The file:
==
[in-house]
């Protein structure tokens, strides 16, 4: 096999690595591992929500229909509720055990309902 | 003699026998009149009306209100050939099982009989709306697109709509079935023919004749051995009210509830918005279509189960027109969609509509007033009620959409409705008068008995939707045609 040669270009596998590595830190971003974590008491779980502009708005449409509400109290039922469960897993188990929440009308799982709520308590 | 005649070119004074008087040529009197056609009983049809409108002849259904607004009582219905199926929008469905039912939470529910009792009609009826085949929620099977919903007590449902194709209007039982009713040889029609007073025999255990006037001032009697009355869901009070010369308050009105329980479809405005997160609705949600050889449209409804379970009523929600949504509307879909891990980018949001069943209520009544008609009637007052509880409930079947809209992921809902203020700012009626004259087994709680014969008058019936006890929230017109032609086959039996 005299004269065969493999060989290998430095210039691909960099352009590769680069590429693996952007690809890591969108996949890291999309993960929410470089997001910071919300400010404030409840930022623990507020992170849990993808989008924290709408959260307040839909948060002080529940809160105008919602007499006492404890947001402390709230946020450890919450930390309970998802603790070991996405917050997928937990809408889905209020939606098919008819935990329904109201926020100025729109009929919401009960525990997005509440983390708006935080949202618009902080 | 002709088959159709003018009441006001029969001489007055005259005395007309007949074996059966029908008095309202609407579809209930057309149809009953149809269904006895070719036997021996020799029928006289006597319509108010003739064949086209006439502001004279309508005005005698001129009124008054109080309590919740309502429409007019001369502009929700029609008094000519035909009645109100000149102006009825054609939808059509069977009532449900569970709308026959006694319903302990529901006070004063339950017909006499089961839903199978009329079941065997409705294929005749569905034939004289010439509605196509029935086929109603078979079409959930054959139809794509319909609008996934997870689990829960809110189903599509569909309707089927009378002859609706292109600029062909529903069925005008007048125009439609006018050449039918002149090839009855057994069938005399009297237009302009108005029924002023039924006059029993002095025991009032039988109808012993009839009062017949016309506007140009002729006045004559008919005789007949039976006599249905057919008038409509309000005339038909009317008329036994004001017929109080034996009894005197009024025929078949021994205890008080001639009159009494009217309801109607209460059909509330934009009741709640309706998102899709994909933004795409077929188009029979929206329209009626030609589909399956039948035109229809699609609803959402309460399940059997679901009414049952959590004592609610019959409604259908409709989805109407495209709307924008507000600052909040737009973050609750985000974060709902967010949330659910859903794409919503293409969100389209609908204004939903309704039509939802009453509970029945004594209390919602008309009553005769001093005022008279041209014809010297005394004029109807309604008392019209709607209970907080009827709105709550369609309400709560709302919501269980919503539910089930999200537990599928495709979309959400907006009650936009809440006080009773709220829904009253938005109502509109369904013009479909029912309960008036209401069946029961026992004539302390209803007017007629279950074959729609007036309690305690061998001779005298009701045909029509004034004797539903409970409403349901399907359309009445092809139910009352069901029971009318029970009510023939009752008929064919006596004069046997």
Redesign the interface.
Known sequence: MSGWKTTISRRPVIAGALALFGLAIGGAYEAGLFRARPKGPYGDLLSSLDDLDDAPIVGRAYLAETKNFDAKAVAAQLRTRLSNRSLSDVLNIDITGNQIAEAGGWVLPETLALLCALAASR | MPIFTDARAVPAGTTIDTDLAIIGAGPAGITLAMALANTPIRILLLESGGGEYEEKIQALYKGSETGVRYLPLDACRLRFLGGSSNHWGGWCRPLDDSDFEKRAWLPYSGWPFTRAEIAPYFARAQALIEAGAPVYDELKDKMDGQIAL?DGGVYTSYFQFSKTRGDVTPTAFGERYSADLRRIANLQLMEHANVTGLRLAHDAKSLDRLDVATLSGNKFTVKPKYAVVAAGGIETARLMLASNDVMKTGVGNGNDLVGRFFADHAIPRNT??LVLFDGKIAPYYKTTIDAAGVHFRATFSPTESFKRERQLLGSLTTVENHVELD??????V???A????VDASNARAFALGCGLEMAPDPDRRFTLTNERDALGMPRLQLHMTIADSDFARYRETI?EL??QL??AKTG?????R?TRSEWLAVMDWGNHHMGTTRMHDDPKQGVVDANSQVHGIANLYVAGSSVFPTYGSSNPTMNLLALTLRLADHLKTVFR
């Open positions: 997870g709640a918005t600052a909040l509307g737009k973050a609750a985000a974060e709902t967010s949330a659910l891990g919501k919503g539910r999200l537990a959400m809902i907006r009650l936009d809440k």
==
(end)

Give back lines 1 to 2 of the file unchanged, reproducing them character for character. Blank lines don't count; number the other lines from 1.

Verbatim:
[in-house]
């Protein structure tokens, strides 16, 4: 096999690595591992929500229909509720055990309902 | 003699026998009149009306209100050939099982009989709306697109709509079935023919004749051995009210509830918005279509189960027109969609509509007033009620959409409705008068008995939707045609 040669270009596998590595830190971003974590008491779980502009708005449409509400109290039922469960897993188990929440009308799982709520308590 | 005649070119004074008087040529009197056609009983049809409108002849259904607004009582219905199926929008469905039912939470529910009792009609009826085949929620099977919903007590449902194709209007039982009713040889029609007073025999255990006037001032009697009355869901009070010369308050009105329980479809405005997160609705949600050889449209409804379970009523929600949504509307879909891990980018949001069943209520009544008609009637007052509880409930079947809209992921809902203020700012009626004259087994709680014969008058019936006890929230017109032609086959039996 005299004269065969493999060989290998430095210039691909960099352009590769680069590429693996952007690809890591969108996949890291999309993960929410470089997001910071919300400010404030409840930022623990507020992170849990993808989008924290709408959260307040839909948060002080529940809160105008919602007499006492404890947001402390709230946020450890919450930390309970998802603790070991996405917050997928937990809408889905209020939606098919008819935990329904109201926020100025729109009929919401009960525990997005509440983390708006935080949202618009902080 | 002709088959159709003018009441006001029969001489007055005259005395007309007949074996059966029908008095309202609407579809209930057309149809009953149809269904006895070719036997021996020799029928006289006597319509108010003739064949086209006439502001004279309508005005005698001129009124008054109080309590919740309502429409007019001369502009929700029609008094000519035909009645109100000149102006009825054609939808059509069977009532449900569970709308026959006694319903302990529901006070004063339950017909006499089961839903199978009329079941065997409705294929005749569905034939004289010439509605196509029935086929109603078979079409959930054959139809794509319909609008996934997870689990829960809110189903599509569909309707089927009378002859609706292109600029062909529903069925005008007048125009439609006018050449039918002149090839009855057994069938005399009297237009302009108005029924002023039924006059029993002095025991009032039988109808012993009839009062017949016309506007140009002729006045004559008919005789007949039976006599249905057919008038409509309000005339038909009317008329036994004001017929109080034996009894005197009024025929078949021994205890008080001639009159009494009217309801109607209460059909509330934009009741709640309706998102899709994909933004795409077929188009029979929206329209009626030609589909399956039948035109229809699609609803959402309460399940059997679901009414049952959590004592609610019959409604259908409709989805109407495209709307924008507000600052909040737009973050609750985000974060709902967010949330659910859903794409919503293409969100389209609908204004939903309704039509939802009453509970029945004594209390919602008309009553005769001093005022008279041209014809010297005394004029109807309604008392019209709607209970907080009827709105709550369609309400709560709302919501269980919503539910089930999200537990599928495709979309959400907006009650936009809440006080009773709220829904009253938005109502509109369904013009479909029912309960008036209401069946029961026992004539302390209803007017007629279950074959729609007036309690305690061998001779005298009701045909029509004034004797539903409970409403349901399907359309009445092809139910009352069901029971009318029970009510023939009752008929064919006596004069046997």